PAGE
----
Monday, 6 September 2021

Languishing in Lincolnshire and an Eyre in Notts

Report from the East Midlands by Ian Prince 

Having joined the East Midlands DA committee, it seemed only right that I also participated in their August Bank Holiday ride to Nottinghamshire from Lincoln at the invite of their Chair, Tim who came West from Louth in Lincolnshire.

A late start by me meant a car assist was required like some other members not local to Lincoln itself (its a big county!) to arrive in plenty of time at Doddington Hall café, where as expected, the Tricycle Association were also meeting at 10:00am. Being spotted in my Audax UK jersey by a seemingly non cyclist (well he was but was not riding due to injury) brought a quick discussion about the obvious prevenance of the jersey (Margaret Hopper wife of a well known Audax club member and ride organiser used to produce them all for the club). That quickly had me asking for the whereabouts of my long time collaborator, Pete who is a keen trikie, (He and another member still hold an Audax award for doing Paris-Best-Paris 1200k on a recumbent tandem trike some years ago!). 

Anyway it was all too soon time to depart, heading out on quieter back roads and making our way through to the village of Saxilby where we briefly stopped to view a lattice bridge over the Roman Fossdyke canal. The canal connected Lindum (Lincoln) with the River Trent. 

A Building there from a mere 1908 took my eye though….Branch No. 8 of the Lincoln Equitable Cooperative Industrial Society Ltd. Of course a co-op no more. 

So we headed on to Torksey, a village where the Fossdyke meets the Trent and a brief stop by the canal at Torksey Lock, before heading to the North side of the village and then leaving the road to negotiate a few inappropriately placed Sustrans metal ‘kissing’ gates which required us all to lift the bikes over (and the reason I was not on the recumbent trike),  before we crossed the Trent into Nottinghamshire over a disused railway bridge. I recalled seeing this years ago with no decking in place. One side still is the same but at least the other side is now rideable. 

Approaching Torksey former rail bridge, now a viable means of crossing the Trent, with the redundant coal fired 1968 built Cottam Power Station cooling towers in the background.

Cottam Power Station, soon to be no more. 

Dropping down from the former rail embankment meant another gate and steps to negotiate, before heading along the flood bank and a view of the derelict but private Torksey Castle a scheduled grade I listed building and ancient monument on the East  bank of the River, to Torksey Ferry Road….no more than a rough track nowadays that skirts the South side of the Power Station.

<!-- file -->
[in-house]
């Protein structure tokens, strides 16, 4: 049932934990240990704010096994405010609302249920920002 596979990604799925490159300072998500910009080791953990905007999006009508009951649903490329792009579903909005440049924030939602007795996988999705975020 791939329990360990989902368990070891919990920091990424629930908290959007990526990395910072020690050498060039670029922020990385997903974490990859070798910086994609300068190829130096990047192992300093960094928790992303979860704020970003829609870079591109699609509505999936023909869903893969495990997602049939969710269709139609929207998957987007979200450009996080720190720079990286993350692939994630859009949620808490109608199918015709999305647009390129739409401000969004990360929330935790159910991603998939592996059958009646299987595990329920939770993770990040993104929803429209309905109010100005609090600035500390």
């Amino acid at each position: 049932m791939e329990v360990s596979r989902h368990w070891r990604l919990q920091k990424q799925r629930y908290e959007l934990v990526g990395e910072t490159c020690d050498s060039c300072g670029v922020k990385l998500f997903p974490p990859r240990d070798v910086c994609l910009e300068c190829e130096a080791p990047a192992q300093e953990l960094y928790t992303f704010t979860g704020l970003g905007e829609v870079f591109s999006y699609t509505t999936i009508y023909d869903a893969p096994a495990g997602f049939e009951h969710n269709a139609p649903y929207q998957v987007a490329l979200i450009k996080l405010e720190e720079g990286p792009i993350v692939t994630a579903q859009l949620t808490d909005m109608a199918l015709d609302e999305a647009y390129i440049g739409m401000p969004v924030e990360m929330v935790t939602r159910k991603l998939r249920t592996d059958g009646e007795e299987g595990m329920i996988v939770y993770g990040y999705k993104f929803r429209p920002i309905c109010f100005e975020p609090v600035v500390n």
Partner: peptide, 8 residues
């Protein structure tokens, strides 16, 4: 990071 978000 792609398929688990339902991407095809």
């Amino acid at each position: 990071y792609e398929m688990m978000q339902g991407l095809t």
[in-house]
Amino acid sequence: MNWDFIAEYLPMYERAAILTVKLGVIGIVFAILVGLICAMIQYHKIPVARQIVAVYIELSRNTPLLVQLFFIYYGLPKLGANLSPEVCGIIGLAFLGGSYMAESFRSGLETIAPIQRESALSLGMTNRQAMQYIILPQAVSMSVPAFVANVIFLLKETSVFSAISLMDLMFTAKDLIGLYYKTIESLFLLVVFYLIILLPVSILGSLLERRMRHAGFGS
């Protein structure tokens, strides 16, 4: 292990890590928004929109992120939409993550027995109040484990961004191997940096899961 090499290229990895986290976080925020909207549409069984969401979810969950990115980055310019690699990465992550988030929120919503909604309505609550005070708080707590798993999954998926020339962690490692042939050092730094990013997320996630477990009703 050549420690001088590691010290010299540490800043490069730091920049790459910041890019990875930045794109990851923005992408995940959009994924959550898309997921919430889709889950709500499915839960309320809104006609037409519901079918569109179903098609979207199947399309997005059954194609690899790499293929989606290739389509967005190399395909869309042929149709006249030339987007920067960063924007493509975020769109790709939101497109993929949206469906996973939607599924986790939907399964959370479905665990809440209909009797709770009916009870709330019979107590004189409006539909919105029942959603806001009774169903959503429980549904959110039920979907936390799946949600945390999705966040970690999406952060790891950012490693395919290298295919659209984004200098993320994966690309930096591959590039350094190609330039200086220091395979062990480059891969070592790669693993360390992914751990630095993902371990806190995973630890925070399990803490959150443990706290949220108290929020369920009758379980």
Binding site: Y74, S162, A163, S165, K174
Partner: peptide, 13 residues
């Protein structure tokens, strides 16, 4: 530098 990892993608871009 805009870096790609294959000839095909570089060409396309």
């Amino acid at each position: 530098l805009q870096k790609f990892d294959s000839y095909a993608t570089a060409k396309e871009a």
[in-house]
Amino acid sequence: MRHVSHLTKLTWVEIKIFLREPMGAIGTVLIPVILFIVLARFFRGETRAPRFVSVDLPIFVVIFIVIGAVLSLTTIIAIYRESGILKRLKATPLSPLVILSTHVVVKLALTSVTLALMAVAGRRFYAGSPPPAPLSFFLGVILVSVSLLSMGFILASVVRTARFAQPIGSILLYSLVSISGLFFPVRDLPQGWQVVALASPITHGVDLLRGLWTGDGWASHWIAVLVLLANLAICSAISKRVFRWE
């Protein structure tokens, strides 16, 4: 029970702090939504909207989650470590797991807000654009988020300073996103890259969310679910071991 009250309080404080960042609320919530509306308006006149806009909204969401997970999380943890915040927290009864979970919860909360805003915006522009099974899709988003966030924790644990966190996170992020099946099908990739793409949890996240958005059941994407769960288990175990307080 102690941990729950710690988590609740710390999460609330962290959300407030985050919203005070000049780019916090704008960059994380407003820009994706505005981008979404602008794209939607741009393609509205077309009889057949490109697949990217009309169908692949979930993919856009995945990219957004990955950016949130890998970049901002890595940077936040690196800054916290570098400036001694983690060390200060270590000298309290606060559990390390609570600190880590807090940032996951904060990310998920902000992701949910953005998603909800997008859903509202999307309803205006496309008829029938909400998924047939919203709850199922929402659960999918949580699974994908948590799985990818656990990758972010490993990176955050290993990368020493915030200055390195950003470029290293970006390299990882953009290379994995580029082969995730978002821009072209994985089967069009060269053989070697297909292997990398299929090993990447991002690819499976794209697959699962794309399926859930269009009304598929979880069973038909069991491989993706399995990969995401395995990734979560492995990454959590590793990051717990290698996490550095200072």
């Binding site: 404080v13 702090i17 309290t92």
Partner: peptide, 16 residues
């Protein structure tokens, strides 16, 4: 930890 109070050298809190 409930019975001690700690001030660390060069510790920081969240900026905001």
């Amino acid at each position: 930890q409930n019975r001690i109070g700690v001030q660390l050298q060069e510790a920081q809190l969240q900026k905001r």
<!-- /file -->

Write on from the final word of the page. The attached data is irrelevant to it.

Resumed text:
Obviously once upon a time there was a need to cross the River on the level. So we ambled along to eventually regain some proper roads and made our way to the booked lunch stop at the Eyre Arms in Rampton village.

Sunday lunch we knew was the only option and had pre-booked it, being bank holiday, but the ordering revealed they provided it as a carvery, so you could pick between chicken, pork, beef and turkey if you were a carnivore and choose either a large or small portion. The Yorkshire puddings were nevertheless enormous. That plus a pint (either the excellent local ‘Pheasantry Brewery’ bitter or Brains SA all the way from South Wales or a soft drink) all could be had for £10. That’s when you realise you are not in Surrey! 

So suitably refreshed and powered up, we followed the minor roads to Laneham, Dunham, Ragnall and eventually to Fledborough, where we were able to make our way down to yet another abandoned railway (this time one that used to run from Mansfield to Lincoln). This is a regular favourite of mine, with ten plus miles of uninterrupted cycle route to Lincoln. So past a now demolished coal fired power station site (High Marnham), to once again cross over the River Trent (no kissing gates this time, just a relic of a railway signal indicating it’s former use). On we went through flat lands of North Clifton and Harby with trees and brambles to either side but more than wide enough for us to ride on two abreast and plenty of bridges where roads still passed above. 

Even a sign…..low flying aircraft……(well it was a grass landing strip) on the South side of the route, but we didn’t see the RAF or any 747s passing by. You need to go north to Sheffield / Doncaster Airport for that. A former Vulcan nuclear bomber base, with a runway so long it was an emergency landing strip should it be needed, for the Space Shuttle. It still plays host occasionally to the worlds largest aircraft, the Ukrainian Antonov AN 225 that is now used to fly industrial machinery around the world, but there are very few airports that can accommodate the giant aircraft that makes a 747 look small.

So heading back along the LDECR railway that changed from gravel to tarmac as we crossed the county border, until we neared Lincoln.  We saw many signs aimed at dog walkers to take their mess with them, but no mention of the same for the horse riders though! Just watch your wheels, easier on two than three, I have to say! Eventually we peeled off the track and the short route back on road to Doddington Hall, saw me leave the group who indulged in an afternoon tea, so I believe. My thanks to Tim for the invite and great day out. 


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